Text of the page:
Sally-Anne Armitage – a counsellor, supervisor, former lecturer and master’s degree student – talks in this lecture about how to work with sceptical clients. After you have completed this lecture, you will have enhanced your ability to:
- understand what is meant by ‘sceptical clients’
- recognise scepticism in clients through how they present
- explore your own responses to sceptical clients
- identify and consider the roles of immediacy, reassurance and clarification
- understand the ‘relational duel’ and drama triangle
- appreciate the importance of continual self-reflection and development.
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Sally-Anne begins by defining ‘sceptical’, before moving on to looking at both body language and verbal language in clients that may signify that they are experiencing scepticism. Many of these behaviours may be quite challenging to counsellors, and Sally-Anne encourages you to reflect on how you tend to react to them, highlighting the importance of self-awareness for counsellors.
When a client’s scepticism seems to be presenting a barrier to the counselling work, what can you do? Sally-Anne explains the value of three key concepts in this situation:
- immediacy – being present and being human
- reassurance – how this may help or may hinder, depending on the line you take
- clarification – through two-way discussion of the client’s concerns and uncertainties.
Sally-Anne emphasises the importance – when working with sceptical clients – of avoiding entering into the ‘relational duel’, and what you can do to ensure this doesn’t happen. You will see two examples of exchanges between counsellor and client, one ineffective and the other effective in addressing the client’s scepticism. She draws on Karpman’s drama triangle to explain the most effective position for you to maintain in this situation.
Throughout, the presentation highlights the relational aspect of counselling, and how you naturally bring the whole of you into the counselling room, whether or not this is your intention. Working from this professionally, while maintaining empathy with and unconditional positive regard for the client, is vital to effective working with scepticism.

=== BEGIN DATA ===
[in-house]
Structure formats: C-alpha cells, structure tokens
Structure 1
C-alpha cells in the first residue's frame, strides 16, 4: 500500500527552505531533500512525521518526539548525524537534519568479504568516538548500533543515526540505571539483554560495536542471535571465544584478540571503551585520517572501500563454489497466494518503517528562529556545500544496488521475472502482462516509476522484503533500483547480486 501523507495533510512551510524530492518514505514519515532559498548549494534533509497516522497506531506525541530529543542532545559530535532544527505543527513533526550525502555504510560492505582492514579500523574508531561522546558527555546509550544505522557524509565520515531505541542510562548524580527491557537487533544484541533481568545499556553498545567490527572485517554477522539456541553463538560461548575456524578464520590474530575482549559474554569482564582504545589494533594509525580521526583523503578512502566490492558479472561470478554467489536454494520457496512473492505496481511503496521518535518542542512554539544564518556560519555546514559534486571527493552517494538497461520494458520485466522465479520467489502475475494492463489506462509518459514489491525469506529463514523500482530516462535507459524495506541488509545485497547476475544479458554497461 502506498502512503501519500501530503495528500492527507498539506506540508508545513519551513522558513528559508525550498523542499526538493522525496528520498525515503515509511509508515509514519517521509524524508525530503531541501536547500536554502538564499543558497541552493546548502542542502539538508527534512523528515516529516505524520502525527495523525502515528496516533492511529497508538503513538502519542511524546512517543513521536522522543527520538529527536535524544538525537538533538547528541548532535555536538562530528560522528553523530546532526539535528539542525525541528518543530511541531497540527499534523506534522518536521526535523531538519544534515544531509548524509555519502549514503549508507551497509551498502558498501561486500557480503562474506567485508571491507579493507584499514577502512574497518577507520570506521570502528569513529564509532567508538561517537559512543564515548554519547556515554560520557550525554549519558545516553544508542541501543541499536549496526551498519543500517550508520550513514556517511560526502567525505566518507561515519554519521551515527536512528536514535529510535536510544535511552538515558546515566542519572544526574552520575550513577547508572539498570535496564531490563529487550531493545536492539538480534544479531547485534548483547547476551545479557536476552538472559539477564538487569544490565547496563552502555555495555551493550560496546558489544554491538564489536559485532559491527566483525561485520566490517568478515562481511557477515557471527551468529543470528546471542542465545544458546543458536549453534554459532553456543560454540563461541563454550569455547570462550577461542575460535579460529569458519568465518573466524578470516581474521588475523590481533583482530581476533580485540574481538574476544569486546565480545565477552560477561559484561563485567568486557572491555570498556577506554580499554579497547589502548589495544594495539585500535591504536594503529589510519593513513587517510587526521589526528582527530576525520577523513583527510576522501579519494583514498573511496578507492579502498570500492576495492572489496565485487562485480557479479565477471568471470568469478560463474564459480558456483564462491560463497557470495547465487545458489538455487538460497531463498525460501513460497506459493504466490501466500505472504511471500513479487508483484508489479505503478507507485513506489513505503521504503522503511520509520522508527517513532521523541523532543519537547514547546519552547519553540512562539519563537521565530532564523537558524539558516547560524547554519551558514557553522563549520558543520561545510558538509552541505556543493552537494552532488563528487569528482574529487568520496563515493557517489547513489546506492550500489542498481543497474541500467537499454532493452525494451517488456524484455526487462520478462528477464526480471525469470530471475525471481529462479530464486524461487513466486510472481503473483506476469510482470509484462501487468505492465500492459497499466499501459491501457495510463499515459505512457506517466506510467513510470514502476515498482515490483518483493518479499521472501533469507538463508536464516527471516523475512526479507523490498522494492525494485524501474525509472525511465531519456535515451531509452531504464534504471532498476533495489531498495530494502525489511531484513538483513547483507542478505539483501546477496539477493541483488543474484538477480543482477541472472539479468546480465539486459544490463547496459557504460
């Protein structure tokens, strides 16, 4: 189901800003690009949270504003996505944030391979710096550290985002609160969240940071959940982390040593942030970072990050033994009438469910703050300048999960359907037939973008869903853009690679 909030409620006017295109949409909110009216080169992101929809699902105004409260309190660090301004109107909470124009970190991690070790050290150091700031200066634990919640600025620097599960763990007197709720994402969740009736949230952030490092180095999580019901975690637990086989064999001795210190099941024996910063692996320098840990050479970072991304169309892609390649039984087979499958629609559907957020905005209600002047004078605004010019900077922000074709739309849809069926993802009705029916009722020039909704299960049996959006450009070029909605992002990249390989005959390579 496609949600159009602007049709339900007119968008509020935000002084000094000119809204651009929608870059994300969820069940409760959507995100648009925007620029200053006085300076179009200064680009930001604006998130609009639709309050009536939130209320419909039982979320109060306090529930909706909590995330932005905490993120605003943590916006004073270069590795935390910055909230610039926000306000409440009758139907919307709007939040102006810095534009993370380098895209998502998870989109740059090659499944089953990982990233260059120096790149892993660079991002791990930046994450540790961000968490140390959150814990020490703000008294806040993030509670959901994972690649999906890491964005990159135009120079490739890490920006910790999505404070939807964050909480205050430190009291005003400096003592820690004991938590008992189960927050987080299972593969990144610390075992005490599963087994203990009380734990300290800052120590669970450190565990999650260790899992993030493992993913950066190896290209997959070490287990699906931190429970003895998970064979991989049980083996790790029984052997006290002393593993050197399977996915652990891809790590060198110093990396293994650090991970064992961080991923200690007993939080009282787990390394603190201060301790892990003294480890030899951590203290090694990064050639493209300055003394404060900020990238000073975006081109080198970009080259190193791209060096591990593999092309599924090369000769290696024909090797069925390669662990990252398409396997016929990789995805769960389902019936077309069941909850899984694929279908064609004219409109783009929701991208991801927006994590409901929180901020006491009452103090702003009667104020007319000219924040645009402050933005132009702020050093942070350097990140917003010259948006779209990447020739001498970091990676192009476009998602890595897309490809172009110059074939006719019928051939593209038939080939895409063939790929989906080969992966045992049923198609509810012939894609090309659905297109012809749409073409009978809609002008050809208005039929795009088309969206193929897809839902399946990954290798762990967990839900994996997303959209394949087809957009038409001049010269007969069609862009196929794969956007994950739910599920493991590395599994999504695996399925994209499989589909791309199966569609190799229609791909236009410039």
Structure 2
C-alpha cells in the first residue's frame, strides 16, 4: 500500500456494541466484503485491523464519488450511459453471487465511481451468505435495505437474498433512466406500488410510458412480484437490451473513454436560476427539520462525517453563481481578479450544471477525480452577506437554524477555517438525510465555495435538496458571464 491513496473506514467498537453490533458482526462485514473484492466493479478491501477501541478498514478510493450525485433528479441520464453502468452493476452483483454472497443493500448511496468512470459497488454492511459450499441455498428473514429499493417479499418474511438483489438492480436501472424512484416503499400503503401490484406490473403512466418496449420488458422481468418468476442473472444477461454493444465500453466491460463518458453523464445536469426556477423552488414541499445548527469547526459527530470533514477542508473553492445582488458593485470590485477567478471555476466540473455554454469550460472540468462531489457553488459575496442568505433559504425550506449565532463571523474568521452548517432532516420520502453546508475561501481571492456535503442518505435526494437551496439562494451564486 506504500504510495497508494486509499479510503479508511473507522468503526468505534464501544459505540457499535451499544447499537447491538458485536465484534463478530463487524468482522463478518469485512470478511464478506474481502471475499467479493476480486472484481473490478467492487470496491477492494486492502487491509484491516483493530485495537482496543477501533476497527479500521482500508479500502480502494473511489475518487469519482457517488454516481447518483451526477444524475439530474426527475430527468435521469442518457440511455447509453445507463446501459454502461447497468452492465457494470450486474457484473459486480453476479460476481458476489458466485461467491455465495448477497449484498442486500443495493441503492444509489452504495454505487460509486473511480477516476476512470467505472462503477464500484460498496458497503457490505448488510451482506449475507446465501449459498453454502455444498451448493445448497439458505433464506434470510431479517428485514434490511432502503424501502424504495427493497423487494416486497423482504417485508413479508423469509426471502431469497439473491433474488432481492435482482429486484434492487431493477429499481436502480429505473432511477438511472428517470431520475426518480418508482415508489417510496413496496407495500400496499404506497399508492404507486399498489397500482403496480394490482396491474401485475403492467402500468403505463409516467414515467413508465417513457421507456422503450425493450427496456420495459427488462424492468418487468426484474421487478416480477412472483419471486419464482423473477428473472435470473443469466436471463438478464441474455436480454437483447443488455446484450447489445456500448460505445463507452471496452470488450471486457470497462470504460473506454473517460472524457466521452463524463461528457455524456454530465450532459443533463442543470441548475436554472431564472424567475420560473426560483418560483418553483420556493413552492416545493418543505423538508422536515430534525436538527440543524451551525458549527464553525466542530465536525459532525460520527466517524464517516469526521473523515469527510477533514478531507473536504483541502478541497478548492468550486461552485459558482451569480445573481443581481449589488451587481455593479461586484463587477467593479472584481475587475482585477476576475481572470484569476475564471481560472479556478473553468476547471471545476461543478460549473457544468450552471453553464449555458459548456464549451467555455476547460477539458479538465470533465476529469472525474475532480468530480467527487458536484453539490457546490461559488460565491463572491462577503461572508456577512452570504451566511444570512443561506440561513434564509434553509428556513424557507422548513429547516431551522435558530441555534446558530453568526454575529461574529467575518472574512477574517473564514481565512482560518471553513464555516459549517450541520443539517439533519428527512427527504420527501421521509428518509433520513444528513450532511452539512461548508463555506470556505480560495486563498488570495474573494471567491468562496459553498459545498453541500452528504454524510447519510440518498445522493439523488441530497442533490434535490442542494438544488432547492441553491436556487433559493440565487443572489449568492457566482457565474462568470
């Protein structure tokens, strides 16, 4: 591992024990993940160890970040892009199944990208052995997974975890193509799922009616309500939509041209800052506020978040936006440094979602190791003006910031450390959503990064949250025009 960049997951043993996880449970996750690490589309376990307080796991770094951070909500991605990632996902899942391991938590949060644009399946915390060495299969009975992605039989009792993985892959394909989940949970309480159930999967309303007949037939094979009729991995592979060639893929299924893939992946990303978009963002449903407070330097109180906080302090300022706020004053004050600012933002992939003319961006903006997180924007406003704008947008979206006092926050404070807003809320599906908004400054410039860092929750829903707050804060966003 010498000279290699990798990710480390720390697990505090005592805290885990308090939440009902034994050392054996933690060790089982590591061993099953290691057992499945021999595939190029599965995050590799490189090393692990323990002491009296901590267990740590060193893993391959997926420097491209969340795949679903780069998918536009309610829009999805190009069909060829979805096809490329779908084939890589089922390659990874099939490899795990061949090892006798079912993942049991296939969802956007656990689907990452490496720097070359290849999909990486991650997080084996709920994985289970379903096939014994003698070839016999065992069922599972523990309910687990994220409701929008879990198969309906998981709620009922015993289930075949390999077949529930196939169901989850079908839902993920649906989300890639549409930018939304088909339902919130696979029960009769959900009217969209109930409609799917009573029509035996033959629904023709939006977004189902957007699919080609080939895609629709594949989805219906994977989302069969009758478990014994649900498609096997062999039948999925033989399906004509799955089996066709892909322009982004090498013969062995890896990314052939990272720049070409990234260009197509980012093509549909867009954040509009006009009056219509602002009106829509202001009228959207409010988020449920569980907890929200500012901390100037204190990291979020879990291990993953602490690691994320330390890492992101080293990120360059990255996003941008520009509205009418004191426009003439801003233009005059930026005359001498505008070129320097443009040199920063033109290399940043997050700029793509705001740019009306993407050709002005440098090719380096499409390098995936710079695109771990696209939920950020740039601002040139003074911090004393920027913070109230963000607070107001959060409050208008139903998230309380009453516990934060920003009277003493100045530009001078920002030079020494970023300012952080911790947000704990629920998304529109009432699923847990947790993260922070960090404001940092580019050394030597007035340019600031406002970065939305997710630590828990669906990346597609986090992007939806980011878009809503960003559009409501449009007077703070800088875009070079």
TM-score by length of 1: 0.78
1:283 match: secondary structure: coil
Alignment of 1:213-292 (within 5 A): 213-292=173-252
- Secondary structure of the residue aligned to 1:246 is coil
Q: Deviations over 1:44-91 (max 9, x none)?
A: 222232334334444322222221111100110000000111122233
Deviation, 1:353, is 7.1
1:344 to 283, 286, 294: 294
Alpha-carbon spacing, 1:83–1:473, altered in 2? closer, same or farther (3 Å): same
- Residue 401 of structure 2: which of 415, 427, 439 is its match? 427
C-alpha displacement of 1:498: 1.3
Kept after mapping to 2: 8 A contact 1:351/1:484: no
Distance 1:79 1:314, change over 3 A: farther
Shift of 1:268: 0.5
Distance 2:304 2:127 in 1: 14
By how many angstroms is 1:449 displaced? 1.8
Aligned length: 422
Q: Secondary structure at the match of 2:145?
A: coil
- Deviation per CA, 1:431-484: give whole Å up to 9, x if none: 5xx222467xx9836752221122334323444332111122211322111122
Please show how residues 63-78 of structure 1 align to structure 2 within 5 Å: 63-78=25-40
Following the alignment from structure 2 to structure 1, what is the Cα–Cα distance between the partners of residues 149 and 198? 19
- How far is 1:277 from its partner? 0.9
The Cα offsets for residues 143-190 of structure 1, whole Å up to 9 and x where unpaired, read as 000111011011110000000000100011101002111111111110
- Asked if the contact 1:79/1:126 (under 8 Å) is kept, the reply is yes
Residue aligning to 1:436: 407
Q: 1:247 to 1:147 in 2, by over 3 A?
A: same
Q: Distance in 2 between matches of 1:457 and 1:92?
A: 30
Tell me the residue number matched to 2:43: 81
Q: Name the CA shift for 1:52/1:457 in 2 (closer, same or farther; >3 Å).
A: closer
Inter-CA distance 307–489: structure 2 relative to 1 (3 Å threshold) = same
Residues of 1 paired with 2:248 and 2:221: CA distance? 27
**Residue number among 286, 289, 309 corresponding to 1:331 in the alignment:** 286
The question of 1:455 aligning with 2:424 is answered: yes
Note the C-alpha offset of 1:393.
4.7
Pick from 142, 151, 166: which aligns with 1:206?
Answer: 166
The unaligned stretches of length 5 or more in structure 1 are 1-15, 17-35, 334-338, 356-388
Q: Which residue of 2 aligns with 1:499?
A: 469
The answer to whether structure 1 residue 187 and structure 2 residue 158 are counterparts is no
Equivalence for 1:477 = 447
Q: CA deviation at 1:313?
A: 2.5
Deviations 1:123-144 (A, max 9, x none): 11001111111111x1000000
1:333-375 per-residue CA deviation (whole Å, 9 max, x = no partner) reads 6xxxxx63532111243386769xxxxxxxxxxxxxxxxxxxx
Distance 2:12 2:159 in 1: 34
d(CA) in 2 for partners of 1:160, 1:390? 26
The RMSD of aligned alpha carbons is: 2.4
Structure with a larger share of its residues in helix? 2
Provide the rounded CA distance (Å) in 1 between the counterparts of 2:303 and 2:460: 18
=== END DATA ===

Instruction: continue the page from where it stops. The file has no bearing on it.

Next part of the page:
Sally-Anne draws on the work of person-centred counsellors Dave Mearns and Brian Thorne, looking at issues that may make it hard for a client to accept the counsellor’s acceptance.
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Managing Scepticism in Counselling Clients lecture overview
About the Lecture Presenter
Sally-Anne Armitage began cultivating an interest in counselling in her early twenties, teaching teenagers who were unable to access mainstream education due to social, emotional and behavioural issues. Gradually this role involved more and more one to one emotional support, which the students desperately needed.
She began training in counselling, initially out of curiosity, but while sat in her level 2 counselling classes, she felt strong sense of being in the right place at the right time.
After qualifying as a counsellor in 2013, she decided to train as a lecturer for adults, knowing she wished to lecture in counselling in the future, to share her passion with others. Having acquired her PGCE she promptly secured a counselling lecturer post. Teaching and sharing experiences with the students is one of the highlights of her career so far.
Gradually as Sally became head of the counselling department, she found her client work was becoming less and less to make way for her increasing lecturing responsibilities. Sally had begun working as a counsellor for the Police Federation alongside her lecturing and found she was at risk of one or both of the roles suffering due to her working at capacity.
Since 2018 Sally has focussed entirely on her client work and that same year she was awarded her BACP Accreditation. She continued her studies and gained a PG Dip in supervision in 2020 after two years of practice and study.
Sally now has a busy counselling practice in Leeds UK, seeing police and NHS clients as well as private clients. Sally is currently studying for a Masters in Psychotherapy which she hopes to have completed by July 2021. This will further establish Sally’s specialism as trauma.
She sees supervising, tutoring and counselling in her future and hopes to find more ways to bring people together to share experiences, learn and laugh!